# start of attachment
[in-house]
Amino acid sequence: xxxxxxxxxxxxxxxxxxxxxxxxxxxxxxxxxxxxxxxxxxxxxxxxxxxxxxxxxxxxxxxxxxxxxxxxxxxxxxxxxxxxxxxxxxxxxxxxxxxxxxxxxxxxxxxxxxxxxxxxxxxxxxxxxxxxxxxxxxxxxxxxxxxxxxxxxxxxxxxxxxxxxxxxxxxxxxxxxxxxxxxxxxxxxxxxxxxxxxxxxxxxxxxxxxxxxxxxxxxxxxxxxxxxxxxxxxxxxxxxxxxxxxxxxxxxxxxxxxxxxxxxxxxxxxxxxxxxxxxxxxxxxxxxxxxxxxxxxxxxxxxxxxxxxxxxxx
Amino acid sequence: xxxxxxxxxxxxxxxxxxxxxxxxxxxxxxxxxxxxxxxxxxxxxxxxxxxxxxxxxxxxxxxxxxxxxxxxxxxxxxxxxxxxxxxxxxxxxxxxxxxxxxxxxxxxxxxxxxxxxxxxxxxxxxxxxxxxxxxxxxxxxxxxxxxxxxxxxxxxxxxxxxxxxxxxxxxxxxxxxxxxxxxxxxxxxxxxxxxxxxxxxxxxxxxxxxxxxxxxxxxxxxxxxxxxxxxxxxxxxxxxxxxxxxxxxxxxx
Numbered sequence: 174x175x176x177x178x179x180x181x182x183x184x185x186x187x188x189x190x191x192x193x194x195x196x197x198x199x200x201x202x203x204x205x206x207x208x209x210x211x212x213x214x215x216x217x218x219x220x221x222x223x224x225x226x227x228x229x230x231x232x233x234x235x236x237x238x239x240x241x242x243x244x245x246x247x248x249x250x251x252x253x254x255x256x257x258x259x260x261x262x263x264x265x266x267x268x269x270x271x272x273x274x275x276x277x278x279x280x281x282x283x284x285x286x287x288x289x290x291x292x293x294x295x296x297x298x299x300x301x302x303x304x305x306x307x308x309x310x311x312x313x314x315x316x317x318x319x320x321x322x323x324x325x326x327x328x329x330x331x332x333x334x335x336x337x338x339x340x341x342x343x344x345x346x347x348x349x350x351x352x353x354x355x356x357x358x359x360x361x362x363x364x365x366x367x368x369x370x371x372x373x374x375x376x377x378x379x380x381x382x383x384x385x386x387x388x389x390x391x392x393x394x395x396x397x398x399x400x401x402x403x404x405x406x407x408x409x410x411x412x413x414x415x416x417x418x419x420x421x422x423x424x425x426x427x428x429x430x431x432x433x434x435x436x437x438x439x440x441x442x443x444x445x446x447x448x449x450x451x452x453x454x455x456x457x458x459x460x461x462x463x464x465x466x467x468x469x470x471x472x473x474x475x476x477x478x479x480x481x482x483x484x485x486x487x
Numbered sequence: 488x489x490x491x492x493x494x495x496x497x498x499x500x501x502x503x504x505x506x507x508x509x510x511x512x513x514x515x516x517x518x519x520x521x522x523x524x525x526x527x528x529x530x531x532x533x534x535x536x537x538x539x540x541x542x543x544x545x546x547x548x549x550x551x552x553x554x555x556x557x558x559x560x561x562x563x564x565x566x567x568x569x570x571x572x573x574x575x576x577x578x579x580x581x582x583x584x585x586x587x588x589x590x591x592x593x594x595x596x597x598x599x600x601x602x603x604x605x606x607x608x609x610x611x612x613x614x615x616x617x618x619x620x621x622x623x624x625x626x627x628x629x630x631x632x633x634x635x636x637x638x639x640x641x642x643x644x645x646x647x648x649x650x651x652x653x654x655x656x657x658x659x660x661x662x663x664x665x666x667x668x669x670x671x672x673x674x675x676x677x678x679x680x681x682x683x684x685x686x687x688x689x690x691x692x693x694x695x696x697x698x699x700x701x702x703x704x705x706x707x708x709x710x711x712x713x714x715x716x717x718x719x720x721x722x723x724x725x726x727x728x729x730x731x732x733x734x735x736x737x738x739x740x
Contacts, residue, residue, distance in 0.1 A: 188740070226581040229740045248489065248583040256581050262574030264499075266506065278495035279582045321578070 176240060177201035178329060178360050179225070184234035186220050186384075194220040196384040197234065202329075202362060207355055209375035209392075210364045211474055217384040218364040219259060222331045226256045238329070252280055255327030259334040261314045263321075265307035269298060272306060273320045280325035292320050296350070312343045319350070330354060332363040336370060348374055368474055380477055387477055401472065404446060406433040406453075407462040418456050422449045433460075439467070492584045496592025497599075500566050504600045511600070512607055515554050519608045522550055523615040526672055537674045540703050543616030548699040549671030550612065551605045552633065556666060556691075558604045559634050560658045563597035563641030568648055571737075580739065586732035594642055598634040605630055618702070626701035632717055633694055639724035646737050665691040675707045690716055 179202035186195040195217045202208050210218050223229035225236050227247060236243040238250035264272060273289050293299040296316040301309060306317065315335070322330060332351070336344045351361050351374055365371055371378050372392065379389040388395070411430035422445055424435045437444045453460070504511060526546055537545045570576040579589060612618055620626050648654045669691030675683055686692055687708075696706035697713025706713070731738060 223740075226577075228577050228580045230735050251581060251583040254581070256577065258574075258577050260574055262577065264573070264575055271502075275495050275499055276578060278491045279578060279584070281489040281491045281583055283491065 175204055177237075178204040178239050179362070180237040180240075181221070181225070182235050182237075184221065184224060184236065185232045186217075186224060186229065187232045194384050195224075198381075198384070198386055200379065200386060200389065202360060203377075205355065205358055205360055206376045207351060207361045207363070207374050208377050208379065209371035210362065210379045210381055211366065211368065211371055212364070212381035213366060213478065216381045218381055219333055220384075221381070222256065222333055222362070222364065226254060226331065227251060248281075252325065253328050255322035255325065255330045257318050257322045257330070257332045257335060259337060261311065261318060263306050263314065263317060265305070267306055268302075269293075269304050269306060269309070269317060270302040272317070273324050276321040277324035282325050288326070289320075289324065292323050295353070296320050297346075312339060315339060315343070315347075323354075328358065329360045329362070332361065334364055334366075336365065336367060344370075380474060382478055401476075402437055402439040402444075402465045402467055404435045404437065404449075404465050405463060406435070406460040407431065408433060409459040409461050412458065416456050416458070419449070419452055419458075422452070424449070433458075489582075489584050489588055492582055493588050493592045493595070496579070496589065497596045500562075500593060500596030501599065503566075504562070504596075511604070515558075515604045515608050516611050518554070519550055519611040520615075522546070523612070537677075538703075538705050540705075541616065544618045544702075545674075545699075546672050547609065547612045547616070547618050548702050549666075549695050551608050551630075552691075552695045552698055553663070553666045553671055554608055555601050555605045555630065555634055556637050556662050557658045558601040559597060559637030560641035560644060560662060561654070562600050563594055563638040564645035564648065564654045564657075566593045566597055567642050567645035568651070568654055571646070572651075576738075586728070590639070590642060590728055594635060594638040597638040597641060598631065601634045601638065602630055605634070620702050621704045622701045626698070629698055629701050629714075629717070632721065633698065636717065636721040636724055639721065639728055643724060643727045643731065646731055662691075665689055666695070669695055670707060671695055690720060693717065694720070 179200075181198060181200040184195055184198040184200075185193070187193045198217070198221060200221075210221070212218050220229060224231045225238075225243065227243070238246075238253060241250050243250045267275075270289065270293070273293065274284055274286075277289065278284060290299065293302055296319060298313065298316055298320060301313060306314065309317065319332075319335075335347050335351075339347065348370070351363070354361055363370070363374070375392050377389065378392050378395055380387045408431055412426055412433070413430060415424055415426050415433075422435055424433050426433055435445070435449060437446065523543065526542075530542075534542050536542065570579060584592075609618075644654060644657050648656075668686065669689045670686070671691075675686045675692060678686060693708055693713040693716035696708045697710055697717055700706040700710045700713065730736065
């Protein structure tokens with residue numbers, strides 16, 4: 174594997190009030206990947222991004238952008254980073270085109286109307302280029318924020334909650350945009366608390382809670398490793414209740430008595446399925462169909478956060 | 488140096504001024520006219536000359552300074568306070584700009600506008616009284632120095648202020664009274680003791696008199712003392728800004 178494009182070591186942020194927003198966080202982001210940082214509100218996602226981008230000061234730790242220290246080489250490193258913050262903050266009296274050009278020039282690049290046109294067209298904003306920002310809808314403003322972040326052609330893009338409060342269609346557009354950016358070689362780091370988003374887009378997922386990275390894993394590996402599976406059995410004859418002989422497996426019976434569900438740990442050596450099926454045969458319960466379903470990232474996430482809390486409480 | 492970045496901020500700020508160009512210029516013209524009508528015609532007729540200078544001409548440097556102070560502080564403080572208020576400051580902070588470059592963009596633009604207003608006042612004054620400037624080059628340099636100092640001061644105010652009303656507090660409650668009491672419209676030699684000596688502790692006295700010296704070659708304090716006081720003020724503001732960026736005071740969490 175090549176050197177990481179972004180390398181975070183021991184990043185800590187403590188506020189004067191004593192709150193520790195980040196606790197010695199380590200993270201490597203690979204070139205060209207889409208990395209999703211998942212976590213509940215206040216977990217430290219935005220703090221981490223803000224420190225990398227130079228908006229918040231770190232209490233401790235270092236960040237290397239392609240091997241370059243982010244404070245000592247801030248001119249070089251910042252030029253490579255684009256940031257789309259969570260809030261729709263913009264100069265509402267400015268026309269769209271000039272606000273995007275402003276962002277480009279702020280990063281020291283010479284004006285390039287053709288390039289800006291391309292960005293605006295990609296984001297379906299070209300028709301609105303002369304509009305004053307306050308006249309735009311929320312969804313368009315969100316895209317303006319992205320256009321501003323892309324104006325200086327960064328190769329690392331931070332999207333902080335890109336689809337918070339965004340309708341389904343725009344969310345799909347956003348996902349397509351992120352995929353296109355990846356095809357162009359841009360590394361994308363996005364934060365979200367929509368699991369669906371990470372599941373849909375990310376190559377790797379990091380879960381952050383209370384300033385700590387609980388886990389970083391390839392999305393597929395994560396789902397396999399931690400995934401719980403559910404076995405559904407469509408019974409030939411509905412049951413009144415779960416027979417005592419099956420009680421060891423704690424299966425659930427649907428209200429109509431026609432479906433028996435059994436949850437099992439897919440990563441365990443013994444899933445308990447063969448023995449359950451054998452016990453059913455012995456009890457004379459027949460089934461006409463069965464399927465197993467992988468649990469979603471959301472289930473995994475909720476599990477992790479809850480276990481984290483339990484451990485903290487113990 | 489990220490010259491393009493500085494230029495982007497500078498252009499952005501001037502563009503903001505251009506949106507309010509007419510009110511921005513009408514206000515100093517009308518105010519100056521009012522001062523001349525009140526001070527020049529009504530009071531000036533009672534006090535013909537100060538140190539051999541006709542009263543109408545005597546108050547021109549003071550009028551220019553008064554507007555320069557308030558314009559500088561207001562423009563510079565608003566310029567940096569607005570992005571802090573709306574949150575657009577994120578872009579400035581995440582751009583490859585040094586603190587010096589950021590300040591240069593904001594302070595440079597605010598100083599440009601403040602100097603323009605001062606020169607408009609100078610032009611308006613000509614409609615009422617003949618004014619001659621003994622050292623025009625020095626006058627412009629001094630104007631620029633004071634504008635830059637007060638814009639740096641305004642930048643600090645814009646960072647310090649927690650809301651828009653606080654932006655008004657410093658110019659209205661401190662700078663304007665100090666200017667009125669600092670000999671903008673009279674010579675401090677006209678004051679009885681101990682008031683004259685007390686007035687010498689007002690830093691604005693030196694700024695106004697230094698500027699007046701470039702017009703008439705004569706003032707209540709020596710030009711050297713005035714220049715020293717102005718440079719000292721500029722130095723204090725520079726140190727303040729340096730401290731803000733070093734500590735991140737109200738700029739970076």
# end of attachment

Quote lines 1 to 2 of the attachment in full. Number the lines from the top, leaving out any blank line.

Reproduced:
[in-house]
Amino acid sequence: xxxxxxxxxxxxxxxxxxxxxxxxxxxxxxxxxxxxxxxxxxxxxxxxxxxxxxxxxxxxxxxxxxxxxxxxxxxxxxxxxxxxxxxxxxxxxxxxxxxxxxxxxxxxxxxxxxxxxxxxxxxxxxxxxxxxxxxxxxxxxxxxxxxxxxxxxxxxxxxxxxxxxxxxxxxxxxxxxxxxxxxxxxxxxxxxxxxxxxxxxxxxxxxxxxxxxxxxxxxxxxxxxxxxxxxxxxxxxxxxxxxxxxxxxxxxxxxxxxxxxxxxxxxxxxxxxxxxxxxxxxxxxxxxxxxxxxxxxxxxxxxxxxxxxxxxxx